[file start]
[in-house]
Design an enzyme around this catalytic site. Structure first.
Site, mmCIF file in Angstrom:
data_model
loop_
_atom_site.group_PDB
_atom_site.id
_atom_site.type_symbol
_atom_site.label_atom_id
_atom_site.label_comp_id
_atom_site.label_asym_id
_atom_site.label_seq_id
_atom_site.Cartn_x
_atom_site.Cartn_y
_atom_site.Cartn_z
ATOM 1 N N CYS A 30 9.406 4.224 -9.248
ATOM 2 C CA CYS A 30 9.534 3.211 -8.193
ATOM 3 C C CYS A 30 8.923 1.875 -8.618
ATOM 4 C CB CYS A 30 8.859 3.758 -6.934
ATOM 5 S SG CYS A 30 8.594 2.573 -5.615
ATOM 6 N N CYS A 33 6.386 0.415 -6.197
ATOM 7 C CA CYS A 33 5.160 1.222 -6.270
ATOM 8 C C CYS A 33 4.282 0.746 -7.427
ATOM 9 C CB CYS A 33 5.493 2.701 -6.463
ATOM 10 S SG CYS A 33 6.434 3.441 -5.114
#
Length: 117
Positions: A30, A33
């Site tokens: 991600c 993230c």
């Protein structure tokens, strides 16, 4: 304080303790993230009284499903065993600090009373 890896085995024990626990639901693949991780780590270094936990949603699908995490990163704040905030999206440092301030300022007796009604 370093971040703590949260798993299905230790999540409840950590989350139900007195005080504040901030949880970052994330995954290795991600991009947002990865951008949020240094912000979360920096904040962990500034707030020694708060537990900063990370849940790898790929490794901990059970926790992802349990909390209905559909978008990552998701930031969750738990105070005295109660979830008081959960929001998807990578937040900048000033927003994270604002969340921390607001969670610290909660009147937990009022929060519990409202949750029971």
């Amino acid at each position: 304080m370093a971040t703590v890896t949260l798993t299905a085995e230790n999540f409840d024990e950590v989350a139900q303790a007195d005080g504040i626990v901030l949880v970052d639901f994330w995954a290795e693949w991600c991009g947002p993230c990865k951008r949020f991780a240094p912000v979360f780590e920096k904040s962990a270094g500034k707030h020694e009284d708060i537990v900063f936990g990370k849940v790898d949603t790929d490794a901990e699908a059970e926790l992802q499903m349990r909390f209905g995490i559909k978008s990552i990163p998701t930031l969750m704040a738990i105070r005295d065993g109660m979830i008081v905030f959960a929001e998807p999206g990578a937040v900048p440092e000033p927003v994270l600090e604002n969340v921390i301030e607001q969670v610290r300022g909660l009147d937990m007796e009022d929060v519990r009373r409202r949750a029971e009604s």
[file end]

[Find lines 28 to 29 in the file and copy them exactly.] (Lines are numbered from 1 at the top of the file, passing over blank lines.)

Positions: A30, A33
């Site tokens: 991600c 993230c």